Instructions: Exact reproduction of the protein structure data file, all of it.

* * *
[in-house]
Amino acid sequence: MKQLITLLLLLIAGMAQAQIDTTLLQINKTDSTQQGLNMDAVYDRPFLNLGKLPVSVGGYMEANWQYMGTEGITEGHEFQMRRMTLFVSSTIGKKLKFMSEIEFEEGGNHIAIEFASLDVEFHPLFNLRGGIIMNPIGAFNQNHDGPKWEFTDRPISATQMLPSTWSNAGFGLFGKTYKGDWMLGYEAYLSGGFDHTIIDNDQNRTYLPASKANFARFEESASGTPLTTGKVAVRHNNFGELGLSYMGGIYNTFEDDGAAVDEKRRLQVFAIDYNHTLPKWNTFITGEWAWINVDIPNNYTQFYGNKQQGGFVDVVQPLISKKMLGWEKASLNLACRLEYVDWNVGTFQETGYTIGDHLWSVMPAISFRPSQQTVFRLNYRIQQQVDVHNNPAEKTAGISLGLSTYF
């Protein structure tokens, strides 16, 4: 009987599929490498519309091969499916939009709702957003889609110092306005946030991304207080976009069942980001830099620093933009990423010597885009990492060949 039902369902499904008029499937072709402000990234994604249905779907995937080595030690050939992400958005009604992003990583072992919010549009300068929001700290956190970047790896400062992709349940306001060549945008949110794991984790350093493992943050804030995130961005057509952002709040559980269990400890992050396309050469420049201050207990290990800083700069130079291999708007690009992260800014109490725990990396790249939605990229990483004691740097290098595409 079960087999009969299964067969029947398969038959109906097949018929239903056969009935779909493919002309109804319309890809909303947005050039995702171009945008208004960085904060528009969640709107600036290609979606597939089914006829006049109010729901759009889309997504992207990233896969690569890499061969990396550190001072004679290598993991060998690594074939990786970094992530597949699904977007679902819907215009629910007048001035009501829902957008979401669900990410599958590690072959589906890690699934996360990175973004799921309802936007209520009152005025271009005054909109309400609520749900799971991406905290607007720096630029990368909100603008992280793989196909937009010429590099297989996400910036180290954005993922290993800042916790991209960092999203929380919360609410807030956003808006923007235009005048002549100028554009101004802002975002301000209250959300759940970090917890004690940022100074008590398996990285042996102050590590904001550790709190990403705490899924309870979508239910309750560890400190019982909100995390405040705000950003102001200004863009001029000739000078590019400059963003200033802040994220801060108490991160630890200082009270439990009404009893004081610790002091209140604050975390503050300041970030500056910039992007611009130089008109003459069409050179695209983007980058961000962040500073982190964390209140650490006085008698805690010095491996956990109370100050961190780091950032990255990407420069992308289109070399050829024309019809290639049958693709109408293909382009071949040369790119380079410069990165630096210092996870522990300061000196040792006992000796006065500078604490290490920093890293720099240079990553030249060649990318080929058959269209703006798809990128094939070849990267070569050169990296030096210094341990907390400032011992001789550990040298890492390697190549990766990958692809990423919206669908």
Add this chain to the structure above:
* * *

[in-house]
Amino acid sequence: MKQLITLLLLLIAGMAQAQIDTTLLQINKTDSTQQGLNMDAVYDRPFLNLGKLPVSVGGYMEANWQYMGTEGITEGHEFQMRRMTLFVSSTIGKKLKFMSEIEFEEGGNHIAIEFASLDVEFHPLFNLRGGIIMNPIGAFNQNHDGPKWEFTDRPISATQMLPSTWSNAGFGLFGKTYKGDWMLGYEAYLSGGFDHTIIDNDQNRTYLPASKANFARFEESASGTPLTTGKVAVRHNNFGELGLSYMGGIYNTFEDDGAAVDEKRRLQVFAIDYNHTLPKWNTFITGEWAWINVDIPNNYTQFYGNKQQGGFVDVVQPLISKKMLGWEKASLNLACRLEYVDWNVGTFQETGYTIGDHLWSVMPAISFRPSQQTVFRLNYRIQQQVDVHNNPAEKTAGISLGLSTYF
């Protein structure tokens, strides 16, 4: 009987599929490498519309091969499916939009709702957003889609110092306005946030991304207080976009069942980001830099620093933009990423010597885009990492060949 039902369902499904008029499937072709402000990234994604249905779907995937080595030690050939992400958005009604992003990583072992919010549009300068929001700290956190970047790896400062992709349940306001060549945008949110794991984790350093493992943050804030995130961005057509952002709040559980269990400890992050396309050469420049201050207990290990800083700069130079291999708007690009992260800014109490725990990396790249939605990229990483004691740097290098595409 079960087999009969299964067969029947398969038959109906097949018929239903056969009935779909493919002309109804319309890809909303947005050039995702171009945008208004960085904060528009969640709107600036290609979606597939089914006829006049109010729901759009889309997504992207990233896969690569890499061969990396550190001072004679290598993991060998690594074939990786970094992530597949699904977007679902819907215009629910007048001035009501829902957008979401669900990410599958590690072959589906890690699934996360990175973004799921309802936007209520009152005025271009005054909109309400609520749900799971991406905290607007720096630029990368909100603008992280793989196909937009010429590099297989996400910036180290954005993922290993800042916790991209960092999203929380919360609410807030956003808006923007235009005048002549100028554009101004802002975002301000209250959300759940970090917890004690940022100074008590398996990285042996102050590590904001550790709190990403705490899924309870979508239910309750560890400190019982909100995390405040705000950003102001200004863009001029000739000078590019400059963003200033802040994220801060108490991160630890200082009270439990009404009893004081610790002091209140604050975390503050300041970030500056910039992007611009130089008109003459069409050179695209983007980058961000962040500073982190964390209140650490006085008698805690010095491996956990109370100050961190780091950032990255990407420069992308289109070399050829024309019809290639049958693709109408293909382009071949040369790119380079410069990165630096210092996870522990300061000196040792006992000796006065500078604490290490920093890293720099240079990553030249060649990318080929058959269209703006798809990128094939070849990267070569050169990296030096210094341990907390400032011992001789550990040298890492390697190549990766990958692809990423919206669908």
Add this chain to the structure above: